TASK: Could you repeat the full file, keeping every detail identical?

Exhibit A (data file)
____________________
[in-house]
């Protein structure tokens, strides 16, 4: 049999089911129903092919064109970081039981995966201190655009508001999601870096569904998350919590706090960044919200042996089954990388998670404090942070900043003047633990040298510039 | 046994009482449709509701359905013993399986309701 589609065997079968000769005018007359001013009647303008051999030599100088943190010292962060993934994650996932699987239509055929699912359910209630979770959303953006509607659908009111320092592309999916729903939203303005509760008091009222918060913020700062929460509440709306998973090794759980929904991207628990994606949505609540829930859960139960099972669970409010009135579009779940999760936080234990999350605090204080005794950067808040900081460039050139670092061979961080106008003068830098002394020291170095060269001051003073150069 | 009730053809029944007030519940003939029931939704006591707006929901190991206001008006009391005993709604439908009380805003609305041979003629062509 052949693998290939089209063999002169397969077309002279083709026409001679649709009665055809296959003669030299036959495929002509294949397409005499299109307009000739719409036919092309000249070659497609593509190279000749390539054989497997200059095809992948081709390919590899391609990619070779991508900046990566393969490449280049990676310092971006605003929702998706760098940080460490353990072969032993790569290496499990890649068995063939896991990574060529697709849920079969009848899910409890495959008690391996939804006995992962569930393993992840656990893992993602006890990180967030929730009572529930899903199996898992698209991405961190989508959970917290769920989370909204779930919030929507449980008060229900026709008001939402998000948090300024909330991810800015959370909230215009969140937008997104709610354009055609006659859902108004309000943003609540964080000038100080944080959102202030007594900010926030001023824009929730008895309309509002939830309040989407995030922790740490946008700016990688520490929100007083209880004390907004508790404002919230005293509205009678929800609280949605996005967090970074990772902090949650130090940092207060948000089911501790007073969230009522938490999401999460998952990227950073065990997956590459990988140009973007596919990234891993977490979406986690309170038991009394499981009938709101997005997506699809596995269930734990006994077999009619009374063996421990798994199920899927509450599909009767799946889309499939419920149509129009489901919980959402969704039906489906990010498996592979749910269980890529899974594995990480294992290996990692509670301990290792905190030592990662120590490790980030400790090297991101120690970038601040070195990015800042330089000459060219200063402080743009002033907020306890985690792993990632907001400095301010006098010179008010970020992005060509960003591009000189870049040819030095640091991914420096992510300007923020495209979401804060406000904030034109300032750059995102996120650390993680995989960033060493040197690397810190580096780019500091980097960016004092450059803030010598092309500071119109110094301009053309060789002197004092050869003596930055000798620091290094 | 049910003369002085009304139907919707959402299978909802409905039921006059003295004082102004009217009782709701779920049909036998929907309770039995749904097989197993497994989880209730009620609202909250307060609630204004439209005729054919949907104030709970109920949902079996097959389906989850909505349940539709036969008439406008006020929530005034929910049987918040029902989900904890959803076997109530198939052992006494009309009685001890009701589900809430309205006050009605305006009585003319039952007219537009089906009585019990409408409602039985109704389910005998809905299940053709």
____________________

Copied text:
[in-house]
């Protein structure tokens, strides 16, 4: 049999089911129903092919064109970081039981995966201190655009508001999601870096569904998350919590706090960044919200042996089954990388998670404090942070900043003047633990040298510039 | 046994009482449709509701359905013993399986309701 589609065997079968000769005018007359001013009647303008051999030599100088943190010292962060993934994650996932699987239509055929699912359910209630979770959303953006509607659908009111320092592309999916729903939203303005509760008091009222918060913020700062929460509440709306998973090794759980929904991207628990994606949505609540829930859960139960099972669970409010009135579009779940999760936080234990999350605090204080005794950067808040900081460039050139670092061979961080106008003068830098002394020291170095060269001051003073150069 | 009730053809029944007030519940003939029931939704006591707006929901190991206001008006009391005993709604439908009380805003609305041979003629062509 052949693998290939089209063999002169397969077309002279083709026409001679649709009665055809296959003669030299036959495929002509294949397409005499299109307009000739719409036919092309000249070659497609593509190279000749390539054989497997200059095809992948081709390919590899391609990619070779991508900046990566393969490449280049990676310092971006605003929702998706760098940080460490353990072969032993790569290496499990890649068995063939896991990574060529697709849920079969009848899910409890495959008690391996939804006995992962569930393993992840656990893992993602006890990180967030929730009572529930899903199996898992698209991405961190989508959970917290769920989370909204779930919030929507449980008060229900026709008001939402998000948090300024909330991810800015959370909230215009969140937008997104709610354009055609006659859902108004309000943003609540964080000038100080944080959102202030007594900010926030001023824009929730008895309309509002939830309040989407995030922790740490946008700016990688520490929100007083209880004390907004508790404002919230005293509205009678929800609280949605996005967090970074990772902090949650130090940092207060948000089911501790007073969230009522938490999401999460998952990227950073065990997956590459990988140009973007596919990234891993977490979406986690309170038991009394499981009938709101997005997506699809596995269930734990006994077999009619009374063996421990798994199920899927509450599909009767799946889309499939419920149509129009489901919980959402969704039906489906990010498996592979749910269980890529899974594995990480294992290996990692509670301990290792905190030592990662120590490790980030400790090297991101120690970038601040070195990015800042330089000459060219200063402080743009002033907020306890985690792993990632907001400095301010006098010179008010970020992005060509960003591009000189870049040819030095640091991914420096992510300007923020495209979401804060406000904030034109300032750059995102996120650390993680995989960033060493040197690397810190580096780019500091980097960016004092450059803030010598092309500071119109110094301009053309060789002197004092050869003596930055000798620091290094 | 049910003369002085009304139907919707959402299978909802409905039921006059003295004082102004009217009782709701779920049909036998929907309770039995749904097989197993497994989880209730009620609202909250307060609630204004439209005729054919949907104030709970109920949902079996097959389906989850909505349940539709036969008439406008006020929530005034929910049987918040029902989900904890959803076997109530198939052992006494009309009685001890009701589900809430309205006050009605305006009585003319039952007219537009089906009585019990409408409602039985109704389910005998809905299940053709």